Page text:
Classical Mythology: Ways of Interpretating Myth
Classical Mythology: Ways of Interpretating Myth CLAS 160D2 - 002
Popular in Classical Mythology Lecture
Popular in Classical Mythology
This 3 page Class Notes was uploaded by Samantha Work on Wednesday January 27, 2016. The Class Notes belongs to CLAS 160D2 - 002 at University of Arizona taught by Michael Teske in Winter 2016. Since its upload, it has received 87 views. For similar materials see Classical Mythology Lecture in Classical Mythology at University of Arizona.
Reviews for Classical Mythology: Ways of Interpretating Myth
Report this Material
What is Karma?
Karma is the currency of StudySoup.
You can buy or earn more Karma at anytime and redeem it for class notes, study guides, flashcards, and more!
Date Created: 01/27/16
Classical Mythology: Second Class Wednesday January 20, 2016 @ 2pm WAYS OF INTERPRETING MYTHS: Rational (i.e. Euhemeristic) Approach: Euhemerism (ca. 300 B.C.) –gods were originally just men who were glorified for their great deeds on earth; later generations came to believe (mistakenly) that these earlier humans were, in fact, divine beings and so worshipped them accordingly. Example: Zeus was once the king of Crete who later came to be regarded as a skygod. Allegorical Approach: Myths are like extended metaphors; they contain obscure symbols which must be deciphered to understand their hidden meaning. Example: Cacus steals Hercules’ cattle but is caught and strangled The late roman writer Fulgentius (ca. 500) A.D.) Says Cacus represents cacon “evil”, so “virtue triumphs over evil”. Example: Daedakus and Icarus myth: notion of “golden mean” is promotedmoderation in all things. Aetiological Approach: Myths explain the origins of practices, beliefs, or natural phenomena o Aetiology derives from the Greek word aition “reason, or cause” This is myth functioning as a prelude to science, or as a kind of primitive science. Example: The peacock’s eyelike adornments were created when the goddess Hera placed the 100 eyes of the slain creature Argus on its tail feathers, or poisonous snakes were created in Libya’s deserts when the Gorgon Medusa’s blood dripped down from her decapitated head as Perseus flew by with it. Psychological Approach: Freud – Myths may be an organized telling of subconscious fears or desires Example: Oedipus complex – males have a subconscious urge to possess their mothers and destroy their fathers (or, at least, get them out of the way). Also, Freud described myths as the collective dreaming of society. Jung (Freud’s disciple) claimed that myths arise from “the collective unconscious” of mankind and contain archetypes, “primordial images” from early stages in the evolutionary development of the mind Example: the Great Mother, the Wise Old Man, aspects of the Universal Hero, the Trickster, etc. Anthropological/Sociological Approach: Mythic themes, structures, etc. can be traced crossculturally in search of mythic universals (databased approach) Example: the external soul motif, the idea that a man’s destiny may be contained in or controlled by an external object, animal, etc. is found in many cultures (consider the Meleager myth – “LogMan”) – sire James Frazier, The Golden Bough Structural Approach: Linear Structural Analysis was pioneered by the Russian folklorist Vladimir Propp in The Morphology of the Folktale (1920’s) Myths can be broken down into basic units of narrative sequence. Propp identified 31 basic plot elements (later called motifemes) that every traditional tale draws upon to produce its storyline. Each tale only contains some of these motifemes, but the order in which they appear (if they are present) is inalterable. Example: the modification of Propp’s motifemes to produce the “standard heroic biography”: the hero’s mother I a royal maiden, the circumstances of his conception are unusual, etc. Binary Thematic Analysis was advanced by the French anthropologist Levi Strauss in 1950’s o He theorized that the function of myth was to mediate between the polar opposites encountered in the human experience: Night and day Good and evil Male and female The hunter and the hunted Nature and civilization Hope this helps guys! Sam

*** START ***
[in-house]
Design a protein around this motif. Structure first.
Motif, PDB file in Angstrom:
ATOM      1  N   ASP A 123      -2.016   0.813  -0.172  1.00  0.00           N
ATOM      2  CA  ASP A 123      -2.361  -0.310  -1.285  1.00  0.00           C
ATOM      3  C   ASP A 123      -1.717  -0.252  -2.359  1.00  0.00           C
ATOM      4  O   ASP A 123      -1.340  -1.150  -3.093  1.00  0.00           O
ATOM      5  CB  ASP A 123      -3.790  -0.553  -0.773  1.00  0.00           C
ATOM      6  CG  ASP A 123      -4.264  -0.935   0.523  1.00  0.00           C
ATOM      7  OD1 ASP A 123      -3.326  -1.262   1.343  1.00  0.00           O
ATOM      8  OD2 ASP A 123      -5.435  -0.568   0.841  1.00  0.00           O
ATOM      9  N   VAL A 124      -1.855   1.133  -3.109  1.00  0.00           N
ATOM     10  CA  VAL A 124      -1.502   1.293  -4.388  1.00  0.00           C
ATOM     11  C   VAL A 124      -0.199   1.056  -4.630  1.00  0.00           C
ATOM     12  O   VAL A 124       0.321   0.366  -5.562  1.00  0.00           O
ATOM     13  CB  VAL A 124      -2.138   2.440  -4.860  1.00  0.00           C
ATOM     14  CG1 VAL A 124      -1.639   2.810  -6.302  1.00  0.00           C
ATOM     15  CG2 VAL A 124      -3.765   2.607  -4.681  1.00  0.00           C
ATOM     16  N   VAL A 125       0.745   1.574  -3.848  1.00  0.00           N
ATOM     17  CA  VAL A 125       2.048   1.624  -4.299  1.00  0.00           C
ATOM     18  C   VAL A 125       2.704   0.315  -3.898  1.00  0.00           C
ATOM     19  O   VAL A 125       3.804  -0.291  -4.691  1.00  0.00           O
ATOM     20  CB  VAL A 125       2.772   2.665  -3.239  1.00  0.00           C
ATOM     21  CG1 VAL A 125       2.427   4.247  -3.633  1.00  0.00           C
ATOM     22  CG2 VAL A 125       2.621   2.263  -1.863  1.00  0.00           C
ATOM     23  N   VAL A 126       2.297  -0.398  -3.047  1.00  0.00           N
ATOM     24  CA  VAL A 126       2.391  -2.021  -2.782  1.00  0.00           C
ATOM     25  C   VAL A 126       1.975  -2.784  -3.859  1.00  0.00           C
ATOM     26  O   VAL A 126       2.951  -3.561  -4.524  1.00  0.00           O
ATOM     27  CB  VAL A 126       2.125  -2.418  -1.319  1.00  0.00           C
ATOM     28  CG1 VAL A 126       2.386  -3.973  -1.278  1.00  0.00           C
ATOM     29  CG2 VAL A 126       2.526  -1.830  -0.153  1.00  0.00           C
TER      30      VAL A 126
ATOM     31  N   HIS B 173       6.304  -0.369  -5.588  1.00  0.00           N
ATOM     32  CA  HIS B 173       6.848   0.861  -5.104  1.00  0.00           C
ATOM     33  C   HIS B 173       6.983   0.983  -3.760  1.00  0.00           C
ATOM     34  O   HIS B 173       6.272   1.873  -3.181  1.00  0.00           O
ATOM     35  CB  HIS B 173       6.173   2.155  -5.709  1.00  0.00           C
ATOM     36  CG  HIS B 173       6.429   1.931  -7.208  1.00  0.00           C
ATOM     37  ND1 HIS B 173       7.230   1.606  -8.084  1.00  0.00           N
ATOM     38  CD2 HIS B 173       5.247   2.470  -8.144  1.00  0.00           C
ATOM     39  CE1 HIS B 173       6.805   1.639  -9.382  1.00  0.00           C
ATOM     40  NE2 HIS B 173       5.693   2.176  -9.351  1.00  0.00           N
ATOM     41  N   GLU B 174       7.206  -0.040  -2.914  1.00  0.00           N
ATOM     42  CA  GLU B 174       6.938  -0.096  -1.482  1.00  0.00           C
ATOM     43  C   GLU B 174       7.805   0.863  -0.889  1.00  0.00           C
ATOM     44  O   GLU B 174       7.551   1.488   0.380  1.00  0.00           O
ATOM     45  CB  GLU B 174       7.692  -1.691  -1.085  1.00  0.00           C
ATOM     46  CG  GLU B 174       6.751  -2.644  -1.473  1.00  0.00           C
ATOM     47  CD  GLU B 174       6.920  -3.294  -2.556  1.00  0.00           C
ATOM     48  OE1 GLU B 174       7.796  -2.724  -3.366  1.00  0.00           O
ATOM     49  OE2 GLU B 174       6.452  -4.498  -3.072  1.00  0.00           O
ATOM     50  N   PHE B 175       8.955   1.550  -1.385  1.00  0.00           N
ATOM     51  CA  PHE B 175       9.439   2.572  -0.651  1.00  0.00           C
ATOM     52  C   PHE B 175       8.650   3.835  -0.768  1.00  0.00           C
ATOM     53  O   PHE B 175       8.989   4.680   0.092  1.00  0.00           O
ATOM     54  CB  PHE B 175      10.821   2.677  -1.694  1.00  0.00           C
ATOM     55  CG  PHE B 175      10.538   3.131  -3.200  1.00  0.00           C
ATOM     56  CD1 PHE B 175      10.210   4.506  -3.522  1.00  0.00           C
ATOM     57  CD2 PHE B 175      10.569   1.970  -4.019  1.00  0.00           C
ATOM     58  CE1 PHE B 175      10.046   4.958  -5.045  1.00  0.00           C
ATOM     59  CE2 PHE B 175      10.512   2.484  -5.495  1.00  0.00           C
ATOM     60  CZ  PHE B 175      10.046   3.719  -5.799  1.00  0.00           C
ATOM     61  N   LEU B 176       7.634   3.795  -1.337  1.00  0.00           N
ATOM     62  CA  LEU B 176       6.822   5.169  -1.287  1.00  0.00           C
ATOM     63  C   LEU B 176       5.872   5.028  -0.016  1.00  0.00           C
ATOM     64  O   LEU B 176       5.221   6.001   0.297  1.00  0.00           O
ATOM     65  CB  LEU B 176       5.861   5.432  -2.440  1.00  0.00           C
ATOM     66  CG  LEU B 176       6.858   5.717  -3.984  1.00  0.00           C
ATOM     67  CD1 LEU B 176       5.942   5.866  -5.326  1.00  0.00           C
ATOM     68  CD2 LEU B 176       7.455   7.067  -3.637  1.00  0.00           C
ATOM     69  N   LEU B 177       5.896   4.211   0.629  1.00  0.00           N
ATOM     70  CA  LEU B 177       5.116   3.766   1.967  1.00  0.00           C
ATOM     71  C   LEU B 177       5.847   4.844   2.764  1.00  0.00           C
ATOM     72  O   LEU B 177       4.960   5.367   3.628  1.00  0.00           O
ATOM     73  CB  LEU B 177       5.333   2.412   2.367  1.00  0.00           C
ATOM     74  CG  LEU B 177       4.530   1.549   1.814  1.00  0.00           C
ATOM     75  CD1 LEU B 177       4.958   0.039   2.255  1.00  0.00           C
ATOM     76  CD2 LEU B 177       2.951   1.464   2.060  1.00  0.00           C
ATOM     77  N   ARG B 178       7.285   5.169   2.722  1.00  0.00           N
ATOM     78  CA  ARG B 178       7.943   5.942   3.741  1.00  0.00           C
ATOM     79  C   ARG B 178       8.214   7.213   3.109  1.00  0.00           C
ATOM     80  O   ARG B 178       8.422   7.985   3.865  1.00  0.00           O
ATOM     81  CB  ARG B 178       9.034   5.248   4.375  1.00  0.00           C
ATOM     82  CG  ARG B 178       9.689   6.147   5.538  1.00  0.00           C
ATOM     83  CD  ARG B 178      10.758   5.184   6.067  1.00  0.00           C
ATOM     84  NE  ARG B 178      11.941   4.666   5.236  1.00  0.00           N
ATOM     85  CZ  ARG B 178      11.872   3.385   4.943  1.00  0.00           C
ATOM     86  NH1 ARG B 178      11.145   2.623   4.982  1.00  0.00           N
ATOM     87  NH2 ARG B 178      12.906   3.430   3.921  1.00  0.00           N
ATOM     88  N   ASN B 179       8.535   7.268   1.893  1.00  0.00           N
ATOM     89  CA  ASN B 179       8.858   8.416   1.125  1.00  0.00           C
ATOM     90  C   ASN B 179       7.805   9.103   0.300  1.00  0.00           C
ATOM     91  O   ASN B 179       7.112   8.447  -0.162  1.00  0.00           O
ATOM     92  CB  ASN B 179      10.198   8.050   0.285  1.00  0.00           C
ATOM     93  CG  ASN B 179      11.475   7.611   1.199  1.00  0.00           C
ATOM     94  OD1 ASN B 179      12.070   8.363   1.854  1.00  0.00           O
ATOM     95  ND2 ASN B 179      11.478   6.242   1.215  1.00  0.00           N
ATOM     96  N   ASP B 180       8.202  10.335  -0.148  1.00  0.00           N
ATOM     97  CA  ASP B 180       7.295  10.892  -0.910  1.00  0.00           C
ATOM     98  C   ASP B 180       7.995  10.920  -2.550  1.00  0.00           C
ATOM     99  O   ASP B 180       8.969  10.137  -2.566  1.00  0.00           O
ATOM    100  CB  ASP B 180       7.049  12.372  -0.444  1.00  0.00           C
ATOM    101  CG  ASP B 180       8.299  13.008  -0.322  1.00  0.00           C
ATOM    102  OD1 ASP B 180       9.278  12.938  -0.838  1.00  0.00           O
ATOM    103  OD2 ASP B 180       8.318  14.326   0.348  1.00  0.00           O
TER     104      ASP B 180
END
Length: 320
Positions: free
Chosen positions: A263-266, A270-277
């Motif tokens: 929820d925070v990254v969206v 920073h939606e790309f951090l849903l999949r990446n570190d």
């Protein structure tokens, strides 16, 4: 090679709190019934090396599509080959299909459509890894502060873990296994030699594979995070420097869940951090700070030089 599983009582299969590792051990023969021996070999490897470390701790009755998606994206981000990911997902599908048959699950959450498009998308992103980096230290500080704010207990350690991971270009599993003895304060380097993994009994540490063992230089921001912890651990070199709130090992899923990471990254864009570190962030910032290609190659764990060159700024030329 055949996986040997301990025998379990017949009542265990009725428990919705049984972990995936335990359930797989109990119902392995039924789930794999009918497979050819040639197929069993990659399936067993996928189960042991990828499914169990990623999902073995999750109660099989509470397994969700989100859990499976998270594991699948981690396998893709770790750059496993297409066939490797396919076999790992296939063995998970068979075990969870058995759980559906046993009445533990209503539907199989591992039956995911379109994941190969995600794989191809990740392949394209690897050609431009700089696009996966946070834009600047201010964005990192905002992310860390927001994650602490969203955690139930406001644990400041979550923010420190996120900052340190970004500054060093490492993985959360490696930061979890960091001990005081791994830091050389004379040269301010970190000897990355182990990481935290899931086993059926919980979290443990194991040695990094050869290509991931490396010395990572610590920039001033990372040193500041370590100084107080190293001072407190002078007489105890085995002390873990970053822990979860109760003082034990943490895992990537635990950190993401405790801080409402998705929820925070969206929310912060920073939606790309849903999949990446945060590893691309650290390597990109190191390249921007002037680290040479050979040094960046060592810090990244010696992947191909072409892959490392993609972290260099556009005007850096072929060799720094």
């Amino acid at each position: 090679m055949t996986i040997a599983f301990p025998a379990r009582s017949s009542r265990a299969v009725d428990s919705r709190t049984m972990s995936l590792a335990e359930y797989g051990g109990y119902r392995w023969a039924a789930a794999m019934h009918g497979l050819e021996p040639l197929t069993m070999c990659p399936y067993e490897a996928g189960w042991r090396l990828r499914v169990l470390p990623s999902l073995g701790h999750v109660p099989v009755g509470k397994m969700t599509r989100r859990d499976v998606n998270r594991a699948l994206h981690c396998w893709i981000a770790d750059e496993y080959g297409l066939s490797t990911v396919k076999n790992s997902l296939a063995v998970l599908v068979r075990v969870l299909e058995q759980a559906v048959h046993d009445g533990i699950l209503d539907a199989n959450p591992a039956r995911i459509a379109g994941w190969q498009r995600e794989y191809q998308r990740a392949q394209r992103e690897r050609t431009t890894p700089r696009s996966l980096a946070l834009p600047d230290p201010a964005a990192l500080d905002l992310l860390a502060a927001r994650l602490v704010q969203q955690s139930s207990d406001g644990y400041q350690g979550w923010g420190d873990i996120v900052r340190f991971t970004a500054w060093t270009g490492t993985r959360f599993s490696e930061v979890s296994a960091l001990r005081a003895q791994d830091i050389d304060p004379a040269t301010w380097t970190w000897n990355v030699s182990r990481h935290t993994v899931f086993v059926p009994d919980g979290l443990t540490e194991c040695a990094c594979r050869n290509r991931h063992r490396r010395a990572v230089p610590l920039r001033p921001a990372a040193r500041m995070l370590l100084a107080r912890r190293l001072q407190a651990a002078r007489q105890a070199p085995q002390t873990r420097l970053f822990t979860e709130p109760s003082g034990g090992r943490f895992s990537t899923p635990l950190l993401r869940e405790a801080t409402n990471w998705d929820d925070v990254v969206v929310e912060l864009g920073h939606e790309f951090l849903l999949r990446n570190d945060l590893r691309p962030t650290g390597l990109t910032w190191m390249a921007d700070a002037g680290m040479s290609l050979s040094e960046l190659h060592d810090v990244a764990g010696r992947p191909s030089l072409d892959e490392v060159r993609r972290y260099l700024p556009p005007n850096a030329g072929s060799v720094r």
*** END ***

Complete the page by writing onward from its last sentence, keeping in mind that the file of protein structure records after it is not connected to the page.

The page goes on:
Are you sure you want to buy this material for
You're already Subscribed!
Looks like you've already subscribed to StudySoup, you won't need to purchase another subscription to get this material. To access this material simply click 'View Full Document'